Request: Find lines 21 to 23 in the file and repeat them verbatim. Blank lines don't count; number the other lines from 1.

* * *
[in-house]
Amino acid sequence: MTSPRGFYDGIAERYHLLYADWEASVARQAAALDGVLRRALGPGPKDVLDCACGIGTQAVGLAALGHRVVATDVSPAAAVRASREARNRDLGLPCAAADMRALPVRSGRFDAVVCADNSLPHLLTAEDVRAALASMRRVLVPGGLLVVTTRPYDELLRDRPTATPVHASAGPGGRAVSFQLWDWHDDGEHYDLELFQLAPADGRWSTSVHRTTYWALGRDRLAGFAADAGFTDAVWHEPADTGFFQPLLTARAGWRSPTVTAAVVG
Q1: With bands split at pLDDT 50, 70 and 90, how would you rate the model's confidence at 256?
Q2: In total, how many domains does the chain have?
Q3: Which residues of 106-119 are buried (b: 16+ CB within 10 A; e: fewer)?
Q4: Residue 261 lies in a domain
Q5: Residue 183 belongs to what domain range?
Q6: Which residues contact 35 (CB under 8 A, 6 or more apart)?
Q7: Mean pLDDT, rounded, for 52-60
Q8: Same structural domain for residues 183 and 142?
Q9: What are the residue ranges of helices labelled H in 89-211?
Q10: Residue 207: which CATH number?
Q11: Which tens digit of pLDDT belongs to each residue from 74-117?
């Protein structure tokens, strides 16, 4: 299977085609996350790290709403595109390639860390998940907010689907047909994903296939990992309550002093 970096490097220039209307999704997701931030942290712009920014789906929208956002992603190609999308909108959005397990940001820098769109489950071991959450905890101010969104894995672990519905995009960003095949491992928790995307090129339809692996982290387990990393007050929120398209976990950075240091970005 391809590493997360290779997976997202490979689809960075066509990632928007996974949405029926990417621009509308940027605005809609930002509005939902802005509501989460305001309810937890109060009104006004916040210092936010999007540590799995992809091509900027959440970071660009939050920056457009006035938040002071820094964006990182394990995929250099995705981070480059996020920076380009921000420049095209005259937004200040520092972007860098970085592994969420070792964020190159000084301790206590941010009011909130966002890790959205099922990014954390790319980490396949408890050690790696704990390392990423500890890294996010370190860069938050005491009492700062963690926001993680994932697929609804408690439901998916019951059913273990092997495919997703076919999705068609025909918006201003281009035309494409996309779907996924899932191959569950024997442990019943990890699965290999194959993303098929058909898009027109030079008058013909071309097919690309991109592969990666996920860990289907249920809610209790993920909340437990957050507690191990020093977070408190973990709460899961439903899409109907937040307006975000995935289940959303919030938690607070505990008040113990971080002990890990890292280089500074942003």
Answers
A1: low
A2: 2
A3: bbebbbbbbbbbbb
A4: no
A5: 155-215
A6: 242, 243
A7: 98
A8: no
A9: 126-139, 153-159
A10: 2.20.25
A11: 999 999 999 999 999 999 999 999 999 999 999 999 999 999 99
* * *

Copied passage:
A6: 242, 243
A7: 98
A8: no